At Found Footage Critic, we like to see new and interesting cinematic techniques employed in found footage films, and Home Video has one such moment. There’s a scene where two of the characters are out in the forest at night and young Manny follows them out with the video camera, filming them in hiding. True to form, something jarring takes place causing Manny to get scared, drop the video camera, and (presumably) run home. The video camera is left filming on the ground capturing footage while still aimed on the group. While having a dropped video camera continue recording is not entirely new in found footage films, the variation on this approach that’s used in Home Video is a breath of fresh air.
The interview portion of the film is presented in wide-screen digital format, which lends a nice contrast to the home movie footage. Unfortunately, several of the interviews have very poor audio quality. Ironically, the home movie portion of the film has perfect end-to-end audio, but the staged, “professionally shot” interviews have significant audio (volume) issues.
Home Video starts with the sound of a VHS tape being inserted into a VCR, followed by the stereotypical blue screen and “Play” message common to VCRs. While it’s possible for the blue screen and “Play” message to record if two VCRs are strung together to record a copy of a VHS tape, the tape insertion sound would not record. Since this film is clearly an edited mockumentary with interviews that were subsequently added, these audio and screen elements are assumed to be included as part of that edited footage for show.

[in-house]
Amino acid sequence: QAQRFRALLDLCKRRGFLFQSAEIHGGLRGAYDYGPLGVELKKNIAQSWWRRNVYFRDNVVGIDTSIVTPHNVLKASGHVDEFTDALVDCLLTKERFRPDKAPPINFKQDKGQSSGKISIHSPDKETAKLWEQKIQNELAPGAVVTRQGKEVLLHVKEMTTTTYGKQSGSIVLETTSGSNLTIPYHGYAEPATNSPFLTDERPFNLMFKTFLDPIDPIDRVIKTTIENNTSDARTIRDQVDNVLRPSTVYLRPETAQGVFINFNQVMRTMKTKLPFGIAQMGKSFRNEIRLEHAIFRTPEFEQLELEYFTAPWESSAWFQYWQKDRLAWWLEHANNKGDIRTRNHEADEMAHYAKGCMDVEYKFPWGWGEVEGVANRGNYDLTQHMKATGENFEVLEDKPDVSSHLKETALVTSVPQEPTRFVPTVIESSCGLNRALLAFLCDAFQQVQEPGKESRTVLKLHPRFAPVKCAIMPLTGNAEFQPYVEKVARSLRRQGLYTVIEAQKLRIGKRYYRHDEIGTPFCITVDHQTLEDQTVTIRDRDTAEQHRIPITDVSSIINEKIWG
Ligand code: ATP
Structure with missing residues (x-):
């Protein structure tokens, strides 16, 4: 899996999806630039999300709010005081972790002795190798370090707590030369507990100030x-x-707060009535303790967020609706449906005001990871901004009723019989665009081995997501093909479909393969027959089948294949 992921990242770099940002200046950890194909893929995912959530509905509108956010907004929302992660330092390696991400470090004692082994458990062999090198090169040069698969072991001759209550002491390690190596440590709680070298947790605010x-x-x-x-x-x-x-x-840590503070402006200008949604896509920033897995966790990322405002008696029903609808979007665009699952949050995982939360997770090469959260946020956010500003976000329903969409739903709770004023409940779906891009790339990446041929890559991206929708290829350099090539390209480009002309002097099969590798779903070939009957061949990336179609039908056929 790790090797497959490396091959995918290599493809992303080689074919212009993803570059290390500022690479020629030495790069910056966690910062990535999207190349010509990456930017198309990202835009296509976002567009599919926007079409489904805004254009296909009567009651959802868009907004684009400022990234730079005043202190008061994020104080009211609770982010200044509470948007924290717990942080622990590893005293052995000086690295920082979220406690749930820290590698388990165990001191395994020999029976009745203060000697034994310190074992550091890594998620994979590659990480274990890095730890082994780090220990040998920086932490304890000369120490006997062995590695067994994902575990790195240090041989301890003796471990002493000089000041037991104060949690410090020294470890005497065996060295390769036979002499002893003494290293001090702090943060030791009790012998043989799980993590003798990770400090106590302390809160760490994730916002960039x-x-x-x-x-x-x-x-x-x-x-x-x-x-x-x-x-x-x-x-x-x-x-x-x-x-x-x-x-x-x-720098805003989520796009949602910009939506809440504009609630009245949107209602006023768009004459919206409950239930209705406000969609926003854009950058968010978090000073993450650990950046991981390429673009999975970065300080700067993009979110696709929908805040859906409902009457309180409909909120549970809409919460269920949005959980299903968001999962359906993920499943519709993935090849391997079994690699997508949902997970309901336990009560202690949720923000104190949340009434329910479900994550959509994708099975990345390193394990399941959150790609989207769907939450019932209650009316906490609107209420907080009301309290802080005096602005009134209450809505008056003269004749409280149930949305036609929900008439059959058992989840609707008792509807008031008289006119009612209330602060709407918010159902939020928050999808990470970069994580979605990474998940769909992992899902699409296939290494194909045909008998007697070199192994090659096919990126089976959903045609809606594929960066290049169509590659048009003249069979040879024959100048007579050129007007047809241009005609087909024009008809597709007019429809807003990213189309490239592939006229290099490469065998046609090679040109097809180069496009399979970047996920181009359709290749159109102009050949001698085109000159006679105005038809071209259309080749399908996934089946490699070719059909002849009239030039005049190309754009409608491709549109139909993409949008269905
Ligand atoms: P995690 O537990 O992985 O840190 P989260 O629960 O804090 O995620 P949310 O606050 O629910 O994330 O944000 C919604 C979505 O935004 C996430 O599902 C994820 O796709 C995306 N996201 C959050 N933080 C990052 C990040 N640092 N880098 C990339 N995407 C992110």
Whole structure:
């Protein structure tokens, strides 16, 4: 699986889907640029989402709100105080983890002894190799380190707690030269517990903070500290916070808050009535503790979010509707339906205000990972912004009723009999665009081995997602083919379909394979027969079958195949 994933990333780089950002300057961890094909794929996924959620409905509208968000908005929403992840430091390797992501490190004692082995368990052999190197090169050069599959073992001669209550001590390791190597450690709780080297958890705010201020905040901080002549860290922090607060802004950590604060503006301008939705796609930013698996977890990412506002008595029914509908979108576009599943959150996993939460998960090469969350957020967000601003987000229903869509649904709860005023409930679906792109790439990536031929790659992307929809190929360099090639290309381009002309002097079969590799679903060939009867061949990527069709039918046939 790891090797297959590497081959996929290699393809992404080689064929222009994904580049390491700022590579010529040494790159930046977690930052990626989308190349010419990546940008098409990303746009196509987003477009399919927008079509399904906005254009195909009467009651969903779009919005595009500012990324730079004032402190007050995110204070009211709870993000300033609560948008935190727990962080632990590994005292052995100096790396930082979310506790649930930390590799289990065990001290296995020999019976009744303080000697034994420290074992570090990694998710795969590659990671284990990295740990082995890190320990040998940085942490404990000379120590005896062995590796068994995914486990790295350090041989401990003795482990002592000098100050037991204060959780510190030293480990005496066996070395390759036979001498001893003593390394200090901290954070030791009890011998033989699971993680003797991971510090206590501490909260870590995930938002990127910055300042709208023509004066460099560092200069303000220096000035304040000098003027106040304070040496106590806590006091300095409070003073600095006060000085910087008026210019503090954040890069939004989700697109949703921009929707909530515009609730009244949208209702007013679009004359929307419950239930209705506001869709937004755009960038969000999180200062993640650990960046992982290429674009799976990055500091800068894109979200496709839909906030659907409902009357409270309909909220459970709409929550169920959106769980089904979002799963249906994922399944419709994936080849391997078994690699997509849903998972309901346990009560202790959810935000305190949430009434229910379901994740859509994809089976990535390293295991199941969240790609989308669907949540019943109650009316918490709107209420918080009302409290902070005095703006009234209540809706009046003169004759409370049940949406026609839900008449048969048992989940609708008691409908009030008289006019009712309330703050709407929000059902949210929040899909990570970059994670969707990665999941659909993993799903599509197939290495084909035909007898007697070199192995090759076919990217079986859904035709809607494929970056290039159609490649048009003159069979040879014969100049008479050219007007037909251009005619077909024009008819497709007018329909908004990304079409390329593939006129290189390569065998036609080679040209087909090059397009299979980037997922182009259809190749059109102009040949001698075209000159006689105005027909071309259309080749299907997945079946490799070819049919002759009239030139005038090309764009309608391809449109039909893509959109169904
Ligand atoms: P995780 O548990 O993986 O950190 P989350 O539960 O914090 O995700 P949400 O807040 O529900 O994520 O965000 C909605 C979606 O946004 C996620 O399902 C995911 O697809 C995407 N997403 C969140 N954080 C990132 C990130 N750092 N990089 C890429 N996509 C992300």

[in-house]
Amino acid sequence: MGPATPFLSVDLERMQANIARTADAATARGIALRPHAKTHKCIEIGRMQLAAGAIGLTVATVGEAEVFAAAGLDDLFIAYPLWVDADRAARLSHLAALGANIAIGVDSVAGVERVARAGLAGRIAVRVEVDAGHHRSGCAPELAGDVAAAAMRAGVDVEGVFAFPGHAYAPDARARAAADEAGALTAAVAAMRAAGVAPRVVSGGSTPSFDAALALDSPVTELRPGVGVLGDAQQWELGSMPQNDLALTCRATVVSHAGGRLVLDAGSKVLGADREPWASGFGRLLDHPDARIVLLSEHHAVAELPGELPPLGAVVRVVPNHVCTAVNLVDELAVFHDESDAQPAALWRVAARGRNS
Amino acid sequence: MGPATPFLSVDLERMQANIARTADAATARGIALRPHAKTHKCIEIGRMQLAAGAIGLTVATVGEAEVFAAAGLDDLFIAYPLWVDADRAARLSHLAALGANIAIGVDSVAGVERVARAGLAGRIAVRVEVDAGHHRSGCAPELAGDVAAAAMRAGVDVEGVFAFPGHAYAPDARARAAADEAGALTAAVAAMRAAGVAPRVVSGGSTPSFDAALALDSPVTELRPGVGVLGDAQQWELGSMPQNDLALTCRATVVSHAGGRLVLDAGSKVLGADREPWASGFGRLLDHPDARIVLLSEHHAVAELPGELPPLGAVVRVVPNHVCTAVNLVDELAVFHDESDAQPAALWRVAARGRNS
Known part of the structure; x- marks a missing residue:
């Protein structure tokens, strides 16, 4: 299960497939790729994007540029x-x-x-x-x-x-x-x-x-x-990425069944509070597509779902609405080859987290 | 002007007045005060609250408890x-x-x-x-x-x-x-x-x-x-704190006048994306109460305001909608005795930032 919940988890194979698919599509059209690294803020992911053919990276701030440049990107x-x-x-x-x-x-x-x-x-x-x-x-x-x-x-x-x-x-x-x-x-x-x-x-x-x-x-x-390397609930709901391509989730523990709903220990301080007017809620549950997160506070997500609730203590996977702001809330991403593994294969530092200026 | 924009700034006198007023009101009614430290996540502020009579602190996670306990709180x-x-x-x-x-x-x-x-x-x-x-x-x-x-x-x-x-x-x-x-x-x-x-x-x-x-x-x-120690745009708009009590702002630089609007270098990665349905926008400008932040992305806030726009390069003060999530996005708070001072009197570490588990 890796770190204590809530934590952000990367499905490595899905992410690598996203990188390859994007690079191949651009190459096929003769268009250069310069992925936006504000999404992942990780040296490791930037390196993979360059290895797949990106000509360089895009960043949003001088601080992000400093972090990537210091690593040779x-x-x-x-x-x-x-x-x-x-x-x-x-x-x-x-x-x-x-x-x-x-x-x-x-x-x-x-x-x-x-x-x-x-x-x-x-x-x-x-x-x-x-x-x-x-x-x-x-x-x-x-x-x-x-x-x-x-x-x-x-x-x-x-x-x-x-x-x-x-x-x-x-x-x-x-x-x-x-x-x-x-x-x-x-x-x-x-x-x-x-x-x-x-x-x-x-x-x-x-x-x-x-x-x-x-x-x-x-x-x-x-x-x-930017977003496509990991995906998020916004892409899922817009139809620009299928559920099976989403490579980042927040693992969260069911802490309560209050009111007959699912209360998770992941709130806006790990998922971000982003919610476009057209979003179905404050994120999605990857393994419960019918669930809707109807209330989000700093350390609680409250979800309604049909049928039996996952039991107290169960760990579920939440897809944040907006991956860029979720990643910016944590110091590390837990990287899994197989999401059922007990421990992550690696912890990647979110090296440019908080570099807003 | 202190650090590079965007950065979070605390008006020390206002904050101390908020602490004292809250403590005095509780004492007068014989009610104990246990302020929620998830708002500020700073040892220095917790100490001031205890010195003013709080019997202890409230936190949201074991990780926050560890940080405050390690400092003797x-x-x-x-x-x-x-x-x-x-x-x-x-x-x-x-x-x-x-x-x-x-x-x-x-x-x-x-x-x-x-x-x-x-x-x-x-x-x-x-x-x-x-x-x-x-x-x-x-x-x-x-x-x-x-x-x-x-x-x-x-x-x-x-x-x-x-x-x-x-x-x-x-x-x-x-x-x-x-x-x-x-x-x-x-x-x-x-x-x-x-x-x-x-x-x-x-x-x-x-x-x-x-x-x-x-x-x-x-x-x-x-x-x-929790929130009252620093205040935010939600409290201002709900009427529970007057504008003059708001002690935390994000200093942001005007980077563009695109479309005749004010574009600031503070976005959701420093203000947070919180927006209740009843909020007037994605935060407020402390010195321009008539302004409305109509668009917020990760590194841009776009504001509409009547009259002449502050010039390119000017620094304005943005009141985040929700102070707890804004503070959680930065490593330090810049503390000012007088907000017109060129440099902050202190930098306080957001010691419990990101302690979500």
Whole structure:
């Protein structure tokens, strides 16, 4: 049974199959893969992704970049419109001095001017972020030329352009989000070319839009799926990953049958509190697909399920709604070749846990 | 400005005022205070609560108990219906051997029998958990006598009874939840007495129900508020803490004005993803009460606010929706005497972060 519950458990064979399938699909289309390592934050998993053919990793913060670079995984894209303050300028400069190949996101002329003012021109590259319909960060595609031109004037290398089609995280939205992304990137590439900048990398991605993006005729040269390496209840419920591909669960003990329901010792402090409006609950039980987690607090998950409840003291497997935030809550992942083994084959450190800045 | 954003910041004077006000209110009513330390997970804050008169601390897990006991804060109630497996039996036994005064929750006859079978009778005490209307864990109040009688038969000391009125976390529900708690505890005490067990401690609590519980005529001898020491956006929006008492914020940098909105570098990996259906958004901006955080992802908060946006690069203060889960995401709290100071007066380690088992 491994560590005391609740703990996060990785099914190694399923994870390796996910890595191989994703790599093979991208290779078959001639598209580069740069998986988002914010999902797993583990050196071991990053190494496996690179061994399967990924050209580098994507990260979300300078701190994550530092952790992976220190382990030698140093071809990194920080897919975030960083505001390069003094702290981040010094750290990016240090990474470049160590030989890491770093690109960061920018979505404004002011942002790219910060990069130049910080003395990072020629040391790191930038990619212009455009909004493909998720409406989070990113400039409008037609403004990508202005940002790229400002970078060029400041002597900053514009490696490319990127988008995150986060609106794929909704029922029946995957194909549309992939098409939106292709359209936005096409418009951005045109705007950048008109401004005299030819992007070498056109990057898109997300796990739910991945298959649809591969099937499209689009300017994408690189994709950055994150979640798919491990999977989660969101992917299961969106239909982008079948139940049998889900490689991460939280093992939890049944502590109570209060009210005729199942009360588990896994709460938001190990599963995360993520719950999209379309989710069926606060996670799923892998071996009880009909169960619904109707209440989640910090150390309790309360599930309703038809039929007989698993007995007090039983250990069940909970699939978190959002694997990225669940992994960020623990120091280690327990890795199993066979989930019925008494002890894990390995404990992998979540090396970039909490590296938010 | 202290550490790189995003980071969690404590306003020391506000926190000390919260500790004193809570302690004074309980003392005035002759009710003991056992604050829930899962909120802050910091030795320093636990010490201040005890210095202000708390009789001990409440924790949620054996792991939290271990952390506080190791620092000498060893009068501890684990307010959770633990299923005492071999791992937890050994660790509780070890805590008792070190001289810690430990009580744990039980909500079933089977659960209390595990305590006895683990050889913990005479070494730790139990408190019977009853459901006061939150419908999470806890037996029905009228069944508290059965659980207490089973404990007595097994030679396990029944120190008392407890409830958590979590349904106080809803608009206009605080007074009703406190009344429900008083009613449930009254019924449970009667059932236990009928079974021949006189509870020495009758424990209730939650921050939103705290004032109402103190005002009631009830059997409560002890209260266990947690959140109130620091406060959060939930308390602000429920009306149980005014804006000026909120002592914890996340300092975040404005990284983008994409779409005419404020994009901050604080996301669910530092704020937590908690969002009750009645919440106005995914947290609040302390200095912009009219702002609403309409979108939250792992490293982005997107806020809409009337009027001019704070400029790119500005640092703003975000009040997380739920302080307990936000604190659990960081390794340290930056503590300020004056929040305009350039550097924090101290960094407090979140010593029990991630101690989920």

The found footage filming reason used in Home Video is generally effective. All too often, found footage films record all the events that transpire without a convincing justification for the existence of a feature length’s worth of video. Home Video is a composite of video captured in the form of family home movies shot from the perspective of each family member and boyfriend Mark. Bruce is a bit obsessive, filming everything as this is a pivotal moment for his family and he wants to capture every moment. During the latter part of the film, the house loses electricity and the characters continue filming, using the video camera as a light source, providing some modicum of justification for filming during stressful and life threatening moments.
The acting in Home Video is generally well done and convincing for what the film sets out to achieve. Steve Jcques (Bruce), Cara O’Brien (Jennifer), Alana Chester (Kacie), and David Mendoza (Manny) artfully play the stereotypical family, with all the tropes and nuances that come with that role. These four actors have a good chemistry and their acting comes across as natural and fluid. Additionally, their personas and idiosyncrasies match the profiles offered during the film’s many interviews. Tomas Decurgez (Mark) does a great job playing Kacie’s shy and somewhat reclusive boyfriend. The acting during the interview portion of the film is well done, although (as mentioned earlier) there are audio issues with some of the interviews.
While Home Video is cinematically correct for a found footage film, it’s the pacing that presents the greatest challenge. The general premise is very interesting, but the pacing of the film is too slow and it takes too long for the story to reach the point where something noteworthy happens that furthers the plot. With a run time of 81 minutes, the film feels 20 minutes too long, as there’s simply too much time spent during the interview segments, which for the most part present the same information over and over from the perspectives of different interviewees. The home movie portion of the film, while interesting to watch is also slow at times. Tightening up the story and losing some of the redundancy would help keep the average viewer readily engaged from beginning to end and increase the entertainment value, but doing so may bring the film below the run time of a feature length film. As mentioned earlier, the acting and cinematography are all above average for a found footage film, but the pacing negatively impacts the overall experience. Despite these setbacks, Home Video is a film worth watching.